(No, I didn’t feel like Don Draper anyway, that’s a statement I will never make, and I’m definitely not that conceited.)
However, on the 15th, that is, yesterday, I realized some things about myself. Of course, it happened because I was listening to one song, which led me to think about other things, and then that somehow connected to my being. Basically, the reason I’m writing this piece. Enter Robert Zimmerman, a curly-haired, deep-throated man who used to perform at The Gaslight Cafe in New York in the 1960s. He made an album about freewheeling or something, I don’t know, I never played the full album. But he did make this song called “Don’t Think Twice, It’s All Right”. The song is supposedly about one of the many (?) heartbreaks our man Bob Dylan went through. Why I know about this song is because of the subject of this article; the Mad Men episode in question.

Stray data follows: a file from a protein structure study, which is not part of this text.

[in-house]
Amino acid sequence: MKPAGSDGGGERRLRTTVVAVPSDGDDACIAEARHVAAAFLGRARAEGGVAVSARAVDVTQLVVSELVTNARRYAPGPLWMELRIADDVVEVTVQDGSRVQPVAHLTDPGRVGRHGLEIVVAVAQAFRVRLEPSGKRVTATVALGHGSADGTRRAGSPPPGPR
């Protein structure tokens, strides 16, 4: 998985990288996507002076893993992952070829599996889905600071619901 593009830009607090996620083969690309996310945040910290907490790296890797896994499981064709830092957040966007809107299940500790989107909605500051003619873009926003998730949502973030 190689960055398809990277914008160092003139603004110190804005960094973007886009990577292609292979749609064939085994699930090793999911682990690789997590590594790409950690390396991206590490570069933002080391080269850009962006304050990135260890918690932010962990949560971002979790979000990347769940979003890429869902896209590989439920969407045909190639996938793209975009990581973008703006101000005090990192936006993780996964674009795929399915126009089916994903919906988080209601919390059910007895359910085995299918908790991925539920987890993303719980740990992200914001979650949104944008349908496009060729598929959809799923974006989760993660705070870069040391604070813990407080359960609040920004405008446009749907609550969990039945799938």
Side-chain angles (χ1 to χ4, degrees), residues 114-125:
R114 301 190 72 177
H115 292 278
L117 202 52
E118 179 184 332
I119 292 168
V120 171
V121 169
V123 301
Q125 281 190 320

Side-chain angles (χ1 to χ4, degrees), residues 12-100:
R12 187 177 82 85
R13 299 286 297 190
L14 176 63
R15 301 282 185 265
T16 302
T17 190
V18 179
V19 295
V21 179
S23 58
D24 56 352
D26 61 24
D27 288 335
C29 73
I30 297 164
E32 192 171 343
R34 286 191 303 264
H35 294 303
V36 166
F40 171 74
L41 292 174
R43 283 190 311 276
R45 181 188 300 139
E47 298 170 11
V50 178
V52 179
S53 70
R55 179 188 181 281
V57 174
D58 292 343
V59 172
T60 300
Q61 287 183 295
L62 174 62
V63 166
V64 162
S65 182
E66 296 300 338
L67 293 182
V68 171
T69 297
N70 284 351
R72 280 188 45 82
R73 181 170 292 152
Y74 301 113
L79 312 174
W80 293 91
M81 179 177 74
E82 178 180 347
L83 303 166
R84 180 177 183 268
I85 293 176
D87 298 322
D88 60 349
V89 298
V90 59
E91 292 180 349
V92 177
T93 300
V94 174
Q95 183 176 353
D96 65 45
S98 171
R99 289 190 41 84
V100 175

Don makes a pitch to Kodak to bring them onboard as one of his clients. In his presentation, he convinces them to market one of their projectors as “The Carousel”, branding it as a joyride in a theme park ride. That’s also what the projector looked like. But why Don did so had nothing to do with its appearance; that tag of “The Carousel” had more to do with his unfulfilled desire to have a functional, normal, easy childhood. Maybe, there was some value to nostalgia. Don could have been someone else, but his past seemed to affect him, and by way of chain reaction, everyone close to him. But, more than that, Don was using photos from back when his children were born. This construct of his, his family, for which he can truly pat himself on the back on is the only thing in the present that’s giving him solace. And all the while, the buttresses that prop up this construct are crumbling (and how they do I can’t tell you because spoiler alert). It’s more complex than mere melancholy, because it also gives him motivation to be a better, more faithful and emotionally resonant version of himself. And it’s no coincidence that it’s the closest his soul has come to crying, before the show makes sure he breaks down somewhere in season 4. Everyone else in the pitch was moved to tears, anyway.